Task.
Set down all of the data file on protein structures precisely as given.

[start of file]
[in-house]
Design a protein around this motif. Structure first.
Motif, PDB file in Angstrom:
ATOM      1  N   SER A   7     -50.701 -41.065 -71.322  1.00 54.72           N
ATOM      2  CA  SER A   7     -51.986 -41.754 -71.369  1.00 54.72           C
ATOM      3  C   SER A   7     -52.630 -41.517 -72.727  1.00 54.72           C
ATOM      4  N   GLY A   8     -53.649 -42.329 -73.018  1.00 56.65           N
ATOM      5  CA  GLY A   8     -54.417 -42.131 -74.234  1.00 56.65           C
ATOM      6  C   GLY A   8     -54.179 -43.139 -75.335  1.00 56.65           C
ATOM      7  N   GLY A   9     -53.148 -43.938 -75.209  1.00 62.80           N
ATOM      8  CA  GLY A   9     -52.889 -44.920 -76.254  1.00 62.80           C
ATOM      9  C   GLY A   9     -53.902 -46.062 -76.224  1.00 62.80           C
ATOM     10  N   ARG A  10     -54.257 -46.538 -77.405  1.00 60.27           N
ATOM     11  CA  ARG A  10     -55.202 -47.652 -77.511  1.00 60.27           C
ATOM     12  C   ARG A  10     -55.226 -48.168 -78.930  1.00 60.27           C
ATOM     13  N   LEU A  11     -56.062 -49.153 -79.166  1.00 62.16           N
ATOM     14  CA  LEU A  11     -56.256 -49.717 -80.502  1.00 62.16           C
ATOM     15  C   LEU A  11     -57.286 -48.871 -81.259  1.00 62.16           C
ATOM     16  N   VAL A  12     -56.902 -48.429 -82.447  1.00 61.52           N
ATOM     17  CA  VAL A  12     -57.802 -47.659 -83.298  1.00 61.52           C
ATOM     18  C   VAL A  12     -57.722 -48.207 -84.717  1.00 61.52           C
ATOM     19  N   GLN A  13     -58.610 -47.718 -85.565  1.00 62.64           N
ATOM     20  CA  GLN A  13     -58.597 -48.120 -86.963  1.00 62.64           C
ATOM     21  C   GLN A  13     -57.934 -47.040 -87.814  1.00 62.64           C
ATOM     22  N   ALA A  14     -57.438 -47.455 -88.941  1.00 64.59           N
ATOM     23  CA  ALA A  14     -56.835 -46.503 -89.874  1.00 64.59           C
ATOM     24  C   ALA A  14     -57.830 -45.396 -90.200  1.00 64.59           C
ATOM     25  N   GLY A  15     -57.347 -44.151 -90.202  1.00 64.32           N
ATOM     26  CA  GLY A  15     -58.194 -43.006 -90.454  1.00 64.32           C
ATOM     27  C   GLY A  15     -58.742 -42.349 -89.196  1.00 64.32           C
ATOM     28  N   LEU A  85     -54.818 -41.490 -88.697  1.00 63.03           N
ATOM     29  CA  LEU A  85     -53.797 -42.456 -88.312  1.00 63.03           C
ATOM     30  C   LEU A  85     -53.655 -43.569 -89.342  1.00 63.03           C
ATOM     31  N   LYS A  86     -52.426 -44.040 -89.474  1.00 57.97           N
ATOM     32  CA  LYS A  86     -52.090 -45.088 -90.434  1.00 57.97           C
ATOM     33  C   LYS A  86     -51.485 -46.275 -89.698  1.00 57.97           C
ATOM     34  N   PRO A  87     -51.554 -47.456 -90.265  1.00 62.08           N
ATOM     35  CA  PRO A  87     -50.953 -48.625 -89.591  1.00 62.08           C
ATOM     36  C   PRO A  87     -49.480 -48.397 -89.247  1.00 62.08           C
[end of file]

[in-house]
Design a protein around this motif. Structure first.
Motif, PDB file in Angstrom:
ATOM      1  N   SER A   7     -50.701 -41.065 -71.322  1.00 54.72           N
ATOM      2  CA  SER A   7     -51.986 -41.754 -71.369  1.00 54.72           C
ATOM      3  C   SER A   7     -52.630 -41.517 -72.727  1.00 54.72           C
ATOM      4  N   GLY A   8     -53.649 -42.329 -73.018  1.00 56.65           N
ATOM      5  CA  GLY A   8     -54.417 -42.131 -74.234  1.00 56.65           C
ATOM      6  C   GLY A   8     -54.179 -43.139 -75.335  1.00 56.65           C
ATOM      7  N   GLY A   9     -53.148 -43.938 -75.209  1.00 62.80           N
ATOM      8  CA  GLY A   9     -52.889 -44.920 -76.254  1.00 62.80           C
ATOM      9  C   GLY A   9     -53.902 -46.062 -76.224  1.00 62.80           C
ATOM     10  N   ARG A  10     -54.257 -46.538 -77.405  1.00 60.27           N
ATOM     11  CA  ARG A  10     -55.202 -47.652 -77.511  1.00 60.27           C
ATOM     12  C   ARG A  10     -55.226 -48.168 -78.930  1.00 60.27           C
ATOM     13  N   LEU A  11     -56.062 -49.153 -79.166  1.00 62.16           N
ATOM     14  CA  LEU A  11     -56.256 -49.717 -80.502  1.00 62.16           C
ATOM     15  C   LEU A  11     -57.286 -48.871 -81.259  1.00 62.16           C
ATOM     16  N   VAL A  12     -56.902 -48.429 -82.447  1.00 61.52           N
ATOM     17  CA  VAL A  12     -57.802 -47.659 -83.298  1.00 61.52           C
ATOM     18  C   VAL A  12     -57.722 -48.207 -84.717  1.00 61.52           C
ATOM     19  N   GLN A  13     -58.610 -47.718 -85.565  1.00 62.64           N
ATOM     20  CA  GLN A  13     -58.597 -48.120 -86.963  1.00 62.64           C
ATOM     21  C   GLN A  13     -57.934 -47.040 -87.814  1.00 62.64           C
ATOM     22  N   ALA A  14     -57.438 -47.455 -88.941  1.00 64.59           N
ATOM     23  CA  ALA A  14     -56.835 -46.503 -89.874  1.00 64.59           C
ATOM     24  C   ALA A  14     -57.830 -45.396 -90.200  1.00 64.59           C
ATOM     25  N   GLY A  15     -57.347 -44.151 -90.202  1.00 64.32           N
ATOM     26  CA  GLY A  15     -58.194 -43.006 -90.454  1.00 64.32           C
ATOM     27  C   GLY A  15     -58.742 -42.349 -89.196  1.00 64.32           C
ATOM     28  N   LEU A  85     -54.818 -41.490 -88.697  1.00 63.03           N
ATOM     29  CA  LEU A  85     -53.797 -42.456 -88.312  1.00 63.03           C
ATOM     30  C   LEU A  85     -53.655 -43.569 -89.342  1.00 63.03           C
ATOM     31  N   LYS A  86     -52.426 -44.040 -89.474  1.00 57.97           N
ATOM     32  CA  LYS A  86     -52.090 -45.088 -90.434  1.00 57.97           C
ATOM     33  C   LYS A  86     -51.485 -46.275 -89.698  1.00 57.97           C
ATOM     34  N   PRO A  87     -51.554 -47.456 -90.265  1.00 62.08           N
ATOM     35  CA  PRO A  87     -50.953 -48.625 -89.591  1.00 62.08           C
ATOM     36  C   PRO A  87     -49.480 -48.397 -89.247  1.00 62.08           C